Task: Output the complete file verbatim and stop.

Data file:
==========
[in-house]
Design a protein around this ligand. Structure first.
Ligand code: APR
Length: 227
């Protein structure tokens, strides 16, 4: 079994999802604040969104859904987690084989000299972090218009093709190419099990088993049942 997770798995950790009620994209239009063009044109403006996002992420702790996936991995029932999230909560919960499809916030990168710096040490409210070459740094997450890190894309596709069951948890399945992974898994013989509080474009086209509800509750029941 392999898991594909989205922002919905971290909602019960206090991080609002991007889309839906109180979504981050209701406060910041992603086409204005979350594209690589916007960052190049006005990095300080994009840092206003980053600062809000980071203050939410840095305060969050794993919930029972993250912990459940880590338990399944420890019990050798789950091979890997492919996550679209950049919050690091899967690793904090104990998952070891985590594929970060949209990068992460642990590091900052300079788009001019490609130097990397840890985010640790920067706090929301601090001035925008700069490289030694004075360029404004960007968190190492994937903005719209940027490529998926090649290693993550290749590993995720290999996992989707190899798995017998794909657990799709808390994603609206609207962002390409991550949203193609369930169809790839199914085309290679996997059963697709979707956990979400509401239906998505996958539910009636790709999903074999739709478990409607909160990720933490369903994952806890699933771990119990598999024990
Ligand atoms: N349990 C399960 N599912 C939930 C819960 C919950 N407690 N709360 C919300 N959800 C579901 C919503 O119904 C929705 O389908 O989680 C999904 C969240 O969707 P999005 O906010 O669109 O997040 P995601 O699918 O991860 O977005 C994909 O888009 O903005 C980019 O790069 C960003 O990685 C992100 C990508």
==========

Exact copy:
[in-house]
Design a protein around this ligand. Structure first.
Ligand code: APR
Length: 227
């Protein structure tokens, strides 16, 4: 079994999802604040969104859904987690084989000299972090218009093709190419099990088993049942 997770798995950790009620994209239009063009044109403006996002992420702790996936991995029932999230909560919960499809916030990168710096040490409210070459740094997450890190894309596709069951948890399945992974898994013989509080474009086209509800509750029941 392999898991594909989205922002919905971290909602019960206090991080609002991007889309839906109180979504981050209701406060910041992603086409204005979350594209690589916007960052190049006005990095300080994009840092206003980053600062809000980071203050939410840095305060969050794993919930029972993250912990459940880590338990399944420890019990050798789950091979890997492919996550679209950049919050690091899967690793904090104990998952070891985590594929970060949209990068992460642990590091900052300079788009001019490609130097990397840890985010640790920067706090929301601090001035925008700069490289030694004075360029404004960007968190190492994937903005719209940027490529998926090649290693993550290749590993995720290999996992989707190899798995017998794909657990799709808390994603609206609207962002390409991550949203193609369930169809790839199914085309290679996997059963697709979707956990979400509401239906998505996958539910009636790709999903074999739709478990409607909160990720933490369903994952806890699933771990119990598999024990
Ligand atoms: N349990 C399960 N599912 C939930 C819960 C919950 N407690 N709360 C919300 N959800 C579901 C919503 O119904 C929705 O389908 O989680 C999904 C969240 O969707 P999005 O906010 O669109 O997040 P995601 O699918 O991860 O977005 C994909 O888009 O903005 C980019 O790069 C960003 O990685 C992100 C990508």